Jonathan Smoke, Chief Economist at Cox Automotive, provides a mid-year check-up on the Key Trends predicted to have the greatest impact on the automotive industry in 2019.
At the year’s halfway mark, here’s an assessment of those macroeconomic trends and their implications for the future.
The economy is on track with revised expectations of 2.4% GDP growth versus the 2.6% forecast at the beginning of the year. Trade uncertainty has slowed down business investment and manufacturing output, including in the automotive sector. Plus, consumers have been more cautious with their spending. But despite the slower performance compared to last year, the economy continues to grow.
Tax law changes stoked concerns that the average American would receive less in their tax refunds – an important development for the automotive market. However, the impact was less severe than expected. The delay in refund receipt meant the used car market took longer to pick up during the spring. But data indicates that the lowered tax refund amounts were more disruptive for new and luxury vehicle markets – not the used car market. Also coastal regions were more impacted than other regions.
At the beginning of the year, financial markets were expecting the Federal Reserve to raise interest rates one more time. Since then, that sentiment has shifted dramatically. In fact, the Fed cut rates at the end of July and the markets are anticipating another potential cut in September.
Auto loan interest rates stayed flat to higher through June, despite lowered bond yields, due to credit tightening. Time will tell if the recent rate cut will translate into lower auto loan rates and if it will really make a difference to consumer.
The key reason why auto loan rates have not come down relative to how mortgage rates have dropped this year is that the subprime delinquency rate has risen to the highest since the Great Recession. Lenders are understandably more risk adverse and have either reduced their amount of lending or charged higher premiums, particularly to subprime borrowers.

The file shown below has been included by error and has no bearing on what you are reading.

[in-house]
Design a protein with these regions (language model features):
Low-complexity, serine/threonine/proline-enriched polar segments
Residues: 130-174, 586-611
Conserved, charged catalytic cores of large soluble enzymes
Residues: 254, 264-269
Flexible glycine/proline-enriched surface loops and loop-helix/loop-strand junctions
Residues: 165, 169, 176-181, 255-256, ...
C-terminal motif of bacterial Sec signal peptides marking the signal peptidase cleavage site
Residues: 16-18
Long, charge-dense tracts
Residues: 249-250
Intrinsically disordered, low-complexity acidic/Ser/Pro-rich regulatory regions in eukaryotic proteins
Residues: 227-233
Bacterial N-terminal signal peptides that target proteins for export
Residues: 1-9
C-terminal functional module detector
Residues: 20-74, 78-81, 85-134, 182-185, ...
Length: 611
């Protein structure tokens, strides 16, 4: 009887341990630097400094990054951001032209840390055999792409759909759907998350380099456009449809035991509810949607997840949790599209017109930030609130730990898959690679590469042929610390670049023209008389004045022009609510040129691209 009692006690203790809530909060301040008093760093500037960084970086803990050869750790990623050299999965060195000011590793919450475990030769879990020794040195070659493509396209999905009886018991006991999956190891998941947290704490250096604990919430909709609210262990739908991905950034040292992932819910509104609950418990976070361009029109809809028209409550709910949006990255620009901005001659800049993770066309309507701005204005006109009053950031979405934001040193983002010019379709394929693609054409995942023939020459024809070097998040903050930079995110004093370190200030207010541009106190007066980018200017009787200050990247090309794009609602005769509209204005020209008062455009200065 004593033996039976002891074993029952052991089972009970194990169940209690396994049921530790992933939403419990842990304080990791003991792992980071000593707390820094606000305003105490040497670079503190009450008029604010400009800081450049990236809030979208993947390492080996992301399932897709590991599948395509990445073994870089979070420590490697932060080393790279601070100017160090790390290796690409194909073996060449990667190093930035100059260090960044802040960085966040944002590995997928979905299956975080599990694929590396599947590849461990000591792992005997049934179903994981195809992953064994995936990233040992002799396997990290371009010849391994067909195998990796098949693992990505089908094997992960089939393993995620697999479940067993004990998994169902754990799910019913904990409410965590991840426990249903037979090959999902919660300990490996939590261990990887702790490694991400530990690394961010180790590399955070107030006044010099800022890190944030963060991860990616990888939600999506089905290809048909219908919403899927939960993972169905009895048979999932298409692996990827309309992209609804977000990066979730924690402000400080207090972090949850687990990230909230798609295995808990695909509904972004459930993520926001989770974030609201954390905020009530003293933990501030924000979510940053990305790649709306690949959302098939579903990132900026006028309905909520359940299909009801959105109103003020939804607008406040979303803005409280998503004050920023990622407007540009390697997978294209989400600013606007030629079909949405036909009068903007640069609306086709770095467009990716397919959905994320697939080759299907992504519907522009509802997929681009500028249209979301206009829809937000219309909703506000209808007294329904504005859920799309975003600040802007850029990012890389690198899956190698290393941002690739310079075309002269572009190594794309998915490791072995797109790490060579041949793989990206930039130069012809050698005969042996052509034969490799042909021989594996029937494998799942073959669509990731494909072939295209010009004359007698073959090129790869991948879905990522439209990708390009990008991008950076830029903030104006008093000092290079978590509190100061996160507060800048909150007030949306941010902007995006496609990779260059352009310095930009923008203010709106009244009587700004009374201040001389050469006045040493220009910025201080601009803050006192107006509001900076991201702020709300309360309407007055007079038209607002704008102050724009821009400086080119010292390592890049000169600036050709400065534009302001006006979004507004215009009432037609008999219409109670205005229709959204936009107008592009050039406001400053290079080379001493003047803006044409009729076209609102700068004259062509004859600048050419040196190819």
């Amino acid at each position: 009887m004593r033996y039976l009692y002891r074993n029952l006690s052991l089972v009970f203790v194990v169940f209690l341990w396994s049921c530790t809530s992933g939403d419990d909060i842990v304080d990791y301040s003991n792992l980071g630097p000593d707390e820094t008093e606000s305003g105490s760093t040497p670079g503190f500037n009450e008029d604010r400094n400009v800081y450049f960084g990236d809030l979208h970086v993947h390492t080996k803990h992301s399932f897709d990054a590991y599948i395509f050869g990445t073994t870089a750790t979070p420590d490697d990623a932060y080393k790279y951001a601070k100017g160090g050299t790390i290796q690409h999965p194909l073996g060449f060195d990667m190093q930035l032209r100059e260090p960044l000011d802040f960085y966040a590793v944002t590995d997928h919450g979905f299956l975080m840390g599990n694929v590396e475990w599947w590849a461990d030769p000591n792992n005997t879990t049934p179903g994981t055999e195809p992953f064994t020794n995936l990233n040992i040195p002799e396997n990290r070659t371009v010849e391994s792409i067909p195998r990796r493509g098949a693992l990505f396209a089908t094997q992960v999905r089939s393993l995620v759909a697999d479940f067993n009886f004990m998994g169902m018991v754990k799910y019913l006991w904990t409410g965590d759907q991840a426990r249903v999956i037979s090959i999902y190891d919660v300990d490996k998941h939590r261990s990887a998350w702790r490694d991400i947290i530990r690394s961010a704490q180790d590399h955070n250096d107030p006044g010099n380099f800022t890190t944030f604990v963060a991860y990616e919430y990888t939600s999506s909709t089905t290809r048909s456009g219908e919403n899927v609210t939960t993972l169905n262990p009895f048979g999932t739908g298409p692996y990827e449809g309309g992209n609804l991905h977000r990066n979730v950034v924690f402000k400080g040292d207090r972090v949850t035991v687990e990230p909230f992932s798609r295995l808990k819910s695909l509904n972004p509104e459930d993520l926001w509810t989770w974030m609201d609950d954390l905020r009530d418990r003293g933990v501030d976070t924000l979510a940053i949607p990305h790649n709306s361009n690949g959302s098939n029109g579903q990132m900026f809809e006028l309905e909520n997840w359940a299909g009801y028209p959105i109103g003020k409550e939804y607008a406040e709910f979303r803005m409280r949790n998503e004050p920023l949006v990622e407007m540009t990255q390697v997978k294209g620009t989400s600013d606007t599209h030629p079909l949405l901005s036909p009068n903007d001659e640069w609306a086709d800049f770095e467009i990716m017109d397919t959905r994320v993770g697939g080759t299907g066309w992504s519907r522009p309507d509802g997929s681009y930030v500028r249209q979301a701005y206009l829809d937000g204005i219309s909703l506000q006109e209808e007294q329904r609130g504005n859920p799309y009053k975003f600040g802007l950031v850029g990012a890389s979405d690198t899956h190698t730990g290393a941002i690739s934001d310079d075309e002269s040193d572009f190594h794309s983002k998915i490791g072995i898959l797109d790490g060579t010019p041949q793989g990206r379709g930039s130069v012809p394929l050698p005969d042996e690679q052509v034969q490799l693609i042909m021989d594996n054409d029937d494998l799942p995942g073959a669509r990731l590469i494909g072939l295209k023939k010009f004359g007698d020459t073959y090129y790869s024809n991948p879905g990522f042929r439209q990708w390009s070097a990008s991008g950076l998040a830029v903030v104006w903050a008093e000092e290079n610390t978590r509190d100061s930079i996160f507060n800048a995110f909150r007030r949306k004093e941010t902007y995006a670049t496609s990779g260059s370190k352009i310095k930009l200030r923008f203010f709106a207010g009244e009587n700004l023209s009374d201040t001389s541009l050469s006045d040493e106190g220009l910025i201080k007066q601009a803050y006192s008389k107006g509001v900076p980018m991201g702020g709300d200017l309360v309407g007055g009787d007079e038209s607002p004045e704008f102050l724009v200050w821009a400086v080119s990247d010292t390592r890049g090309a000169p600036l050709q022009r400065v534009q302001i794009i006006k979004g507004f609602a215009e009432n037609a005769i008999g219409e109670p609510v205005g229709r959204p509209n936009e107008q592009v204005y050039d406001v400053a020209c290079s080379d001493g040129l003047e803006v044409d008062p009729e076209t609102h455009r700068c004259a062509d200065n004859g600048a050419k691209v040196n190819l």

Fortunately, credit is still flowing and delinquencies remain low in the broader total loan category. However, auto loans are the largest in history in terms of total volume and amount, now at $1.2 trillion. So any uptick in delinquencies that lead to defaults is a risk to the market. So the trend of credit tightening is expected to continue throughout the rest of the year.
Affordable Used Cars
As predicted, affordable cars continue to outperform in used vehicle values. The best performing segment is pickup trucks. Consumers tend to own pickup trucks longer and thus, they are underrepresented in the used vehicle market. That low supply coupled with high demand means strength in pricing.
The second strongest is midsize cars. These vehicles are in desirable in part because ride sharing has midsize cars as the vehicle of choice. Plus, fewest midsize cars are available for sale in both the new and used market. Demand is strong and supply is down, buffeting midsize car values.
The springtime weakness in luxury cars has abated, with recovery in the past few months. Indications point to further progress this year, but not comparable to pickup trucks and midsize cars.
New Vehicle Prices